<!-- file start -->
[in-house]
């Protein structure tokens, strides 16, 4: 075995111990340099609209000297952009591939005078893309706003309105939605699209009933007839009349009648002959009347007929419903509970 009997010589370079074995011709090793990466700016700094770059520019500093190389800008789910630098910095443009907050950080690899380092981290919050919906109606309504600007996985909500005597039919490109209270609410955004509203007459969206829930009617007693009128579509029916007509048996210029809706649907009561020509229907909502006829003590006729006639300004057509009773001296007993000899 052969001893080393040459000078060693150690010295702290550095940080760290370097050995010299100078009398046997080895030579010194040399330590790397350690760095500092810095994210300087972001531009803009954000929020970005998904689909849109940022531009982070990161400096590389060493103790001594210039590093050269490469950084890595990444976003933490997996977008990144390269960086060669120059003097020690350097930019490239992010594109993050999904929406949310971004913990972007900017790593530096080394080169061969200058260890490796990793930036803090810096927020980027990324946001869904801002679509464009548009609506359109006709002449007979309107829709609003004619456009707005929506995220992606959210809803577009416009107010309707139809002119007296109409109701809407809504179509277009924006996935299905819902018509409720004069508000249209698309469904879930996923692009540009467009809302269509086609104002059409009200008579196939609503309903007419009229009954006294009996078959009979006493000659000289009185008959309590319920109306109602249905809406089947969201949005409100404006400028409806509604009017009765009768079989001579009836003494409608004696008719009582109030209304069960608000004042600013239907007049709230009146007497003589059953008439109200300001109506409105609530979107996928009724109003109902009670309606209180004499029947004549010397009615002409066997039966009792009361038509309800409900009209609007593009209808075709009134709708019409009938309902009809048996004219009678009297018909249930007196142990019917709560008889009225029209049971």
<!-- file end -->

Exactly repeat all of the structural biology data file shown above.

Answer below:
[in-house]
């Protein structure tokens, strides 16, 4: 075995111990340099609209000297952009591939005078893309706003309105939605699209009933007839009349009648002959009347007929419903509970 009997010589370079074995011709090793990466700016700094770059520019500093190389800008789910630098910095443009907050950080690899380092981290919050919906109606309504600007996985909500005597039919490109209270609410955004509203007459969206829930009617007693009128579509029916007509048996210029809706649907009561020509229907909502006829003590006729006639300004057509009773001296007993000899 052969001893080393040459000078060693150690010295702290550095940080760290370097050995010299100078009398046997080895030579010194040399330590790397350690760095500092810095994210300087972001531009803009954000929020970005998904689909849109940022531009982070990161400096590389060493103790001594210039590093050269490469950084890595990444976003933490997996977008990144390269960086060669120059003097020690350097930019490239992010594109993050999904929406949310971004913990972007900017790593530096080394080169061969200058260890490796990793930036803090810096927020980027990324946001869904801002679509464009548009609506359109006709002449007979309107829709609003004619456009707005929506995220992606959210809803577009416009107010309707139809002119007296109409109701809407809504179509277009924006996935299905819902018509409720004069508000249209698309469904879930996923692009540009467009809302269509086609104002059409009200008579196939609503309903007419009229009954006294009996078959009979006493000659000289009185008959309590319920109306109602249905809406089947969201949005409100404006400028409806509604009017009765009768079989001579009836003494409608004696008719009582109030209304069960608000004042600013239907007049709230009146007497003589059953008439109200300001109506409105609530979107996928009724109003109902009670309606209180004499029947004549010397009615002409066997039966009792009361038509309800409900009209609007593009209808075709009134709708019409009938309902009809048996004219009678009297018909249930007196142990019917709560008889009225029209049971």